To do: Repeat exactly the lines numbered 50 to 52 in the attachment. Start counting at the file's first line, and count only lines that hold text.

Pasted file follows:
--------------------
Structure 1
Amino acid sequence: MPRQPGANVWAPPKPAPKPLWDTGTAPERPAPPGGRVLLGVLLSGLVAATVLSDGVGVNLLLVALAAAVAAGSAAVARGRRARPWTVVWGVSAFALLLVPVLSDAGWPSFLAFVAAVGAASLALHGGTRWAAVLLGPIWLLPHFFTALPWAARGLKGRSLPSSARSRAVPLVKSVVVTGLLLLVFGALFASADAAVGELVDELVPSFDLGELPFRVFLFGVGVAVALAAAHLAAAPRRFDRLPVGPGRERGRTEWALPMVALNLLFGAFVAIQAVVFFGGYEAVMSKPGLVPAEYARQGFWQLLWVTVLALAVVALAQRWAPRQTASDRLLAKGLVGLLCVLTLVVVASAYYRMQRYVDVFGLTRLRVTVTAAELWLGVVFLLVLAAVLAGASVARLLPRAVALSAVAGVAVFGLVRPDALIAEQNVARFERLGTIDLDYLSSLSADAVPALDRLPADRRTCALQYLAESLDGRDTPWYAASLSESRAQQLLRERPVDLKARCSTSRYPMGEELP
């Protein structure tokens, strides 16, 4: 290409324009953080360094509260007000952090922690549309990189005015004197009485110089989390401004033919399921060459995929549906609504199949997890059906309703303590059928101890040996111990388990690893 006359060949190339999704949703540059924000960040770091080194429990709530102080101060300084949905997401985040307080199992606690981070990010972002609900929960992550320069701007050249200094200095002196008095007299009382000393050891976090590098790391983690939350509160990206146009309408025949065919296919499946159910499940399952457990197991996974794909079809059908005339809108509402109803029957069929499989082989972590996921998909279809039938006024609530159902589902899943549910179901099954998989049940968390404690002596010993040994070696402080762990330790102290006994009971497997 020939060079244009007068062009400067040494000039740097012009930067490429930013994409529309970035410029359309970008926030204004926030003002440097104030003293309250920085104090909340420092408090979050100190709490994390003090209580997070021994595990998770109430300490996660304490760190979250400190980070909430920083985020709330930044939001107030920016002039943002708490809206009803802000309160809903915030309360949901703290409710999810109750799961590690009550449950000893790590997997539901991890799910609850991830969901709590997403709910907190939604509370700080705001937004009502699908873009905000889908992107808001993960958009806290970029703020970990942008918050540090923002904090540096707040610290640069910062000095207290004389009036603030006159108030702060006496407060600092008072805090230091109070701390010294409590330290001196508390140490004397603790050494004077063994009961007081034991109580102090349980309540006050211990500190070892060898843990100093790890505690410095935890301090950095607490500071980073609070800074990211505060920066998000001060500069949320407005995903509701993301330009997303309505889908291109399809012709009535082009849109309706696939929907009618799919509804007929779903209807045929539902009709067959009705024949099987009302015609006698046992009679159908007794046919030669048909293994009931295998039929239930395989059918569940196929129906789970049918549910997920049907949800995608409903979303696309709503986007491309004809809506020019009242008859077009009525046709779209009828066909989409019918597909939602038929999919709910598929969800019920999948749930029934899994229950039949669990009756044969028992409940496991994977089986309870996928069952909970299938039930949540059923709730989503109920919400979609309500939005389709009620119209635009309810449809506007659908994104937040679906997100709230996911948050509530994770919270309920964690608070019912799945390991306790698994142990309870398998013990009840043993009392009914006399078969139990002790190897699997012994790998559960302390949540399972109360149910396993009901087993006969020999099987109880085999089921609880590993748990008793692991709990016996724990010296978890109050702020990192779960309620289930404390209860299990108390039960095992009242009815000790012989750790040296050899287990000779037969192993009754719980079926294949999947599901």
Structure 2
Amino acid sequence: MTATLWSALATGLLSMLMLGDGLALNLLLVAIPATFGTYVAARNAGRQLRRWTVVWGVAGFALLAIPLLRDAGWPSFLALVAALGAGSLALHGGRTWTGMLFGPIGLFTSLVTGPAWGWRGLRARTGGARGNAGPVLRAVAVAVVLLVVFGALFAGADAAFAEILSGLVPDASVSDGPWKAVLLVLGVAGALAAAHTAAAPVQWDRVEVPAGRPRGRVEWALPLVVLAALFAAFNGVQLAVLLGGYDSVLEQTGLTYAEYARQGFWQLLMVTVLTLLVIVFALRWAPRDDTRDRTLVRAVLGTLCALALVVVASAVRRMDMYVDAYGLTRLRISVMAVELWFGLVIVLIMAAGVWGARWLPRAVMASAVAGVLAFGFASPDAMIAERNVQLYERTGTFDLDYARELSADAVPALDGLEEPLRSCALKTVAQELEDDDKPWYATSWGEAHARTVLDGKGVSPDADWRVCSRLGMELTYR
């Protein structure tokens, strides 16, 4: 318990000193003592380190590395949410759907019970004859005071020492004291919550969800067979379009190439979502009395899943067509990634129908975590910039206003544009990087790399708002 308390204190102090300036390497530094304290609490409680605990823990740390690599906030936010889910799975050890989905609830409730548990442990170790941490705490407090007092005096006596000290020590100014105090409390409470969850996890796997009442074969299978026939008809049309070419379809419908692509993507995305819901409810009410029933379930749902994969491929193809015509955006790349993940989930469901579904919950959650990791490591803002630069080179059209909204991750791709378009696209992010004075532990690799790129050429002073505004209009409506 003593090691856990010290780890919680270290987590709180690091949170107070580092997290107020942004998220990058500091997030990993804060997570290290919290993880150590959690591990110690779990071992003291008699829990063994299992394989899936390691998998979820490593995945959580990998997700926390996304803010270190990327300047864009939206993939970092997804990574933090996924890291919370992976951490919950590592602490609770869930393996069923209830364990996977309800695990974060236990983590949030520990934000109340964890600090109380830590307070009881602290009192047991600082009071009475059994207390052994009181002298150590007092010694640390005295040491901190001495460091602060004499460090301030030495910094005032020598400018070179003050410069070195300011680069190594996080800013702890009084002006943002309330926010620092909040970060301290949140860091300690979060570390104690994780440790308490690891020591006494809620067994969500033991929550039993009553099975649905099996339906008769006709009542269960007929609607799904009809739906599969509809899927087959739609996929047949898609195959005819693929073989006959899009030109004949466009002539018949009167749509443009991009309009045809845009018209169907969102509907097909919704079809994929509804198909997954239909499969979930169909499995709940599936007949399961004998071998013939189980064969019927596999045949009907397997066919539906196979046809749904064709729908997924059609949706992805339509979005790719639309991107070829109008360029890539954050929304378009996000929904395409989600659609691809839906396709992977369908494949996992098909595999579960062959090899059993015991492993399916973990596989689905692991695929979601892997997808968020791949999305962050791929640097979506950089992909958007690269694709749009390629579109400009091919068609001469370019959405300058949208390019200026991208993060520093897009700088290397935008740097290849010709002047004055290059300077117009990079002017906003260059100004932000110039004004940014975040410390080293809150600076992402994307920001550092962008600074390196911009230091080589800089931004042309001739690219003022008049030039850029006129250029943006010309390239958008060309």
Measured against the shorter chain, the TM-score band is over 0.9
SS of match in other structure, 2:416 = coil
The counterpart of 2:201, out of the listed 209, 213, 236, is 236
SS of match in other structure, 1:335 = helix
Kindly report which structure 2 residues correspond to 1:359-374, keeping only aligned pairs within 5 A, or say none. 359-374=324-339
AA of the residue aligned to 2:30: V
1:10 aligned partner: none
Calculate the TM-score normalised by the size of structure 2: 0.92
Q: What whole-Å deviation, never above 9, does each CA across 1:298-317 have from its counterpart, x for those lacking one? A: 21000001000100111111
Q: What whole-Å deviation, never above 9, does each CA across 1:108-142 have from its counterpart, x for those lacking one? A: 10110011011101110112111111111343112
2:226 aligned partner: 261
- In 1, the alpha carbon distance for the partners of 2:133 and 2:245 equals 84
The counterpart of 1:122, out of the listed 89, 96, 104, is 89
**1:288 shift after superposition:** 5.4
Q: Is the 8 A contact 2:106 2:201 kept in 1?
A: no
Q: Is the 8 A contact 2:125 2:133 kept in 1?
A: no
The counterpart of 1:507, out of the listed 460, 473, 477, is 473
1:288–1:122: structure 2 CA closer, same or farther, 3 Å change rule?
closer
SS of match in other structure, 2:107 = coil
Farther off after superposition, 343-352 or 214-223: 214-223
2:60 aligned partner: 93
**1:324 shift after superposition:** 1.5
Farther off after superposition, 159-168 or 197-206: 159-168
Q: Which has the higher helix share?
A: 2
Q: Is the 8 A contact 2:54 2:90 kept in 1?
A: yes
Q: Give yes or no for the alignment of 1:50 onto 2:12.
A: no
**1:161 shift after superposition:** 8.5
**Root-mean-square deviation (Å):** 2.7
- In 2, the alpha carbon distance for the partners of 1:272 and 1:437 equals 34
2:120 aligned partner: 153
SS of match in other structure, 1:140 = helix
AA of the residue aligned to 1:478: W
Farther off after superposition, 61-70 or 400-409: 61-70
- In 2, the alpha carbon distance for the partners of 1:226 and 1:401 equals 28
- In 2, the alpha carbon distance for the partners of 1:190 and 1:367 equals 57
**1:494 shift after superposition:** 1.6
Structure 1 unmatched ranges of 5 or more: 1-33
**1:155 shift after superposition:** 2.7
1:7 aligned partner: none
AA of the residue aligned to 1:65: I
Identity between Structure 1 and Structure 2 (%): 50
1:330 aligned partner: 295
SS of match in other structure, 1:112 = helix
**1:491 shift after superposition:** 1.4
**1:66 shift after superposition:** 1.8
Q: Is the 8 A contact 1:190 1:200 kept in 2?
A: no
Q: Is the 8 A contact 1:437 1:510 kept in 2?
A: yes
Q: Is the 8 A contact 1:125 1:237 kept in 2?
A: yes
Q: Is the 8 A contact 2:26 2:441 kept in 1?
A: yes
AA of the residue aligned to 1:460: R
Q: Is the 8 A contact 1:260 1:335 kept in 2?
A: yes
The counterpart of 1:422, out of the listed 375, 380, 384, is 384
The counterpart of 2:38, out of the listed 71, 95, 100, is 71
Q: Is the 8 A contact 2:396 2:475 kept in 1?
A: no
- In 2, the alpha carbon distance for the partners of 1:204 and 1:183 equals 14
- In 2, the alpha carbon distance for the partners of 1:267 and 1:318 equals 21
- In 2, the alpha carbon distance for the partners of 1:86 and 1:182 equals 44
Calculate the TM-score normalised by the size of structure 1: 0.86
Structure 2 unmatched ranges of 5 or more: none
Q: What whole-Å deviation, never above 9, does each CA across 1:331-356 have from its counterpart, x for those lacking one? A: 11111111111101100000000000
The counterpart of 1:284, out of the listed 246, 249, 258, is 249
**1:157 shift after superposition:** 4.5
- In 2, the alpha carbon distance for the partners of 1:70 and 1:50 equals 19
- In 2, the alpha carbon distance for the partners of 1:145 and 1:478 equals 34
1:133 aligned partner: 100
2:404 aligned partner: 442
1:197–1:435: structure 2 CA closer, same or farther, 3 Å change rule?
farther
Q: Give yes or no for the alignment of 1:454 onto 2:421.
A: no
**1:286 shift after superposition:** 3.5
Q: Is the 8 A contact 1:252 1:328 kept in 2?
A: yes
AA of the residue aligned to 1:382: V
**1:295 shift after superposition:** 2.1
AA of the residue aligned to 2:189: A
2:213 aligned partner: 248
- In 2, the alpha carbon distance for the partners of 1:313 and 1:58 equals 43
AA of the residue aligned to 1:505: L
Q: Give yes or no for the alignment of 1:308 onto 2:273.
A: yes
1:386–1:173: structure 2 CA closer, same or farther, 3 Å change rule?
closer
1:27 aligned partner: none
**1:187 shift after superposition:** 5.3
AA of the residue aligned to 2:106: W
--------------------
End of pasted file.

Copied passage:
**1:155 shift after superposition:** 2.7
1:7 aligned partner: none
AA of the residue aligned to 1:65: I